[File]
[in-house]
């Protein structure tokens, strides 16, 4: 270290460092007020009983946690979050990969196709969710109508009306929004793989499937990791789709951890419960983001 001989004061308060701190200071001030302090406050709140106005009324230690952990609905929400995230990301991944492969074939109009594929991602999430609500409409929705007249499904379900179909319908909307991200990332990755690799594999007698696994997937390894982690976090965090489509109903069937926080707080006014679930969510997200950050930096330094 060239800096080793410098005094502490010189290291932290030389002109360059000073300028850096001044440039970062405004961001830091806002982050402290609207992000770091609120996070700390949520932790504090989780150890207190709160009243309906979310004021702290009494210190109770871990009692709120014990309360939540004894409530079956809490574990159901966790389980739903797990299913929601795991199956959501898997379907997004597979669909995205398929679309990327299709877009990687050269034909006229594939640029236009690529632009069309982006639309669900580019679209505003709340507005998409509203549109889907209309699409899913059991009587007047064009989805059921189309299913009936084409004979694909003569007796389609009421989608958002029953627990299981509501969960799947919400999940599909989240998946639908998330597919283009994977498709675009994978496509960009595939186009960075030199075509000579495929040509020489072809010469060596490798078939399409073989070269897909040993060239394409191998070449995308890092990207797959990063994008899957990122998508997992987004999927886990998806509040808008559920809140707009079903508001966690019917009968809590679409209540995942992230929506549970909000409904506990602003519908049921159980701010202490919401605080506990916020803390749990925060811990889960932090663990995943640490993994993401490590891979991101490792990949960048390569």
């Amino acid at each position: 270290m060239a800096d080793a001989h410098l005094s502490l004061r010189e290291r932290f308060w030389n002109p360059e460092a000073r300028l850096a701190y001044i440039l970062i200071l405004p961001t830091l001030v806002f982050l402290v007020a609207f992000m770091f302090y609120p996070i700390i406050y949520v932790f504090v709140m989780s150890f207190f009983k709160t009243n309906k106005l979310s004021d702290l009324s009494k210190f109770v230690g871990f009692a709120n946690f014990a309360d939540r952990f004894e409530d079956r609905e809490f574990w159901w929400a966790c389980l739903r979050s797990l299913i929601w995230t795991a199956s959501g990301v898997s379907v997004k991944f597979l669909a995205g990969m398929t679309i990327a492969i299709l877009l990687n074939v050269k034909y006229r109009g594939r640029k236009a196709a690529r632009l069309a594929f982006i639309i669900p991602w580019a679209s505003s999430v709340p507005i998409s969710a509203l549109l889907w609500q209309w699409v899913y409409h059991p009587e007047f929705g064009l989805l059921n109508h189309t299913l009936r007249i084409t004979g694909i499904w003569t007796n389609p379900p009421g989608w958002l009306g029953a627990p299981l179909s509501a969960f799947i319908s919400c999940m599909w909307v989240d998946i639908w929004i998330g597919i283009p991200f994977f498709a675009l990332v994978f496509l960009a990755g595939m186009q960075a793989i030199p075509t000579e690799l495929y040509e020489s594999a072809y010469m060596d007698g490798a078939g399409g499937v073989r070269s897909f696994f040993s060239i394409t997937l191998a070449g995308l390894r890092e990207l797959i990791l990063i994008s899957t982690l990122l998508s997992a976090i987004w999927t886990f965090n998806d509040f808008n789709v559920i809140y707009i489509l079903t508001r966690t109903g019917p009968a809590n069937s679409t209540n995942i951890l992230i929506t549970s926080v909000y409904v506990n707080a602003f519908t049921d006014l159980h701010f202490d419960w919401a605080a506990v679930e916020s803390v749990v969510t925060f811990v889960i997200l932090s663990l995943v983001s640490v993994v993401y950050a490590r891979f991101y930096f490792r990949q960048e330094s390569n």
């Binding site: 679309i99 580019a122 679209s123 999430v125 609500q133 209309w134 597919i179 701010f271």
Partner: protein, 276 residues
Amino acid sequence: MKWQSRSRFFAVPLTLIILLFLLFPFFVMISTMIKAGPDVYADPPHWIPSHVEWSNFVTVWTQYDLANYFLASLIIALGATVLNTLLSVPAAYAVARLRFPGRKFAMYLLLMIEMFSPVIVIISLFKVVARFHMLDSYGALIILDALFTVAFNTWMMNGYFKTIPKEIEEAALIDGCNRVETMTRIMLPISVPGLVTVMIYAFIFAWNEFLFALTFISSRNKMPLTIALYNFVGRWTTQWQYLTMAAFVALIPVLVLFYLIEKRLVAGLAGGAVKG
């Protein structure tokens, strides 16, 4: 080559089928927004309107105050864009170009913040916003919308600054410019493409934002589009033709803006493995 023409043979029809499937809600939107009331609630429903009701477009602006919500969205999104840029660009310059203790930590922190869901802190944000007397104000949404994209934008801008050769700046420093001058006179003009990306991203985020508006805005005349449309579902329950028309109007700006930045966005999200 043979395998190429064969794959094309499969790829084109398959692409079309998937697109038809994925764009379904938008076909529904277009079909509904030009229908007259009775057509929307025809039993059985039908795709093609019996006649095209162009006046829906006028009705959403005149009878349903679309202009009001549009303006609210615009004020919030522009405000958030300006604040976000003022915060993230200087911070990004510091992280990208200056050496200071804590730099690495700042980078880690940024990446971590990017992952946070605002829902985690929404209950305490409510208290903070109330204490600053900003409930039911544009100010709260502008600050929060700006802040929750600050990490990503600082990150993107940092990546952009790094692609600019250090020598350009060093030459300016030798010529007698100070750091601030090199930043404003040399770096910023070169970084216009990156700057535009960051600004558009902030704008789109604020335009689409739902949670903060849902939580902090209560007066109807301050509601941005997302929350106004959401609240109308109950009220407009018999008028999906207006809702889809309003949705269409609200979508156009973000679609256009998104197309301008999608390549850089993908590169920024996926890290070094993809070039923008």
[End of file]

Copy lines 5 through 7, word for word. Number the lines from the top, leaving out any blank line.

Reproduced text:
Partner: protein, 276 residues
Amino acid sequence: MKWQSRSRFFAVPLTLIILLFLLFPFFVMISTMIKAGPDVYADPPHWIPSHVEWSNFVTVWTQYDLANYFLASLIIALGATVLNTLLSVPAAYAVARLRFPGRKFAMYLLLMIEMFSPVIVIISLFKVVARFHMLDSYGALIILDALFTVAFNTWMMNGYFKTIPKEIEEAALIDGCNRVETMTRIMLPISVPGLVTVMIYAFIFAWNEFLFALTFISSRNKMPLTIALYNFVGRWTTQWQYLTMAAFVALIPVLVLFYLIEKRLVAGLAGGAVKG
């Protein structure tokens, strides 16, 4: 080559089928927004309107105050864009170009913040916003919308600054410019493409934002589009033709803006493995 023409043979029809499937809600939107009331609630429903009701477009602006919500969205999104840029660009310059203790930590922190869901802190944000007397104000949404994209934008801008050769700046420093001058006179003009990306991203985020508006805005005349449309579902329950028309109007700006930045966005999200 043979395998190429064969794959094309499969790829084109398959692409079309998937697109038809994925764009379904938008076909529904277009079909509904030009229908007259009775057509929307025809039993059985039908795709093609019996006649095209162009006046829906006028009705959403005149009878349903679309202009009001549009303006609210615009004020919030522009405000958030300006604040976000003022915060993230200087911070990004510091992280990208200056050496200071804590730099690495700042980078880690940024990446971590990017992952946070605002829902985690929404209950305490409510208290903070109330204490600053900003409930039911544009100010709260502008600050929060700006802040929750600050990490990503600082990150993107940092990546952009790094692609600019250090020598350009060093030459300016030798010529007698100070750091601030090199930043404003040399770096910023070169970084216009990156700057535009960051600004558009902030704008789109604020335009689409739902949670903060849902939580902090209560007066109807301050509601941005997302929350106004959401609240109308109950009220407009018999008028999906207006809702889809309003949705269409609200979508156009973000679609256009998104197309301008999608390549850089993908590169920024996926890290070094993809070039923008």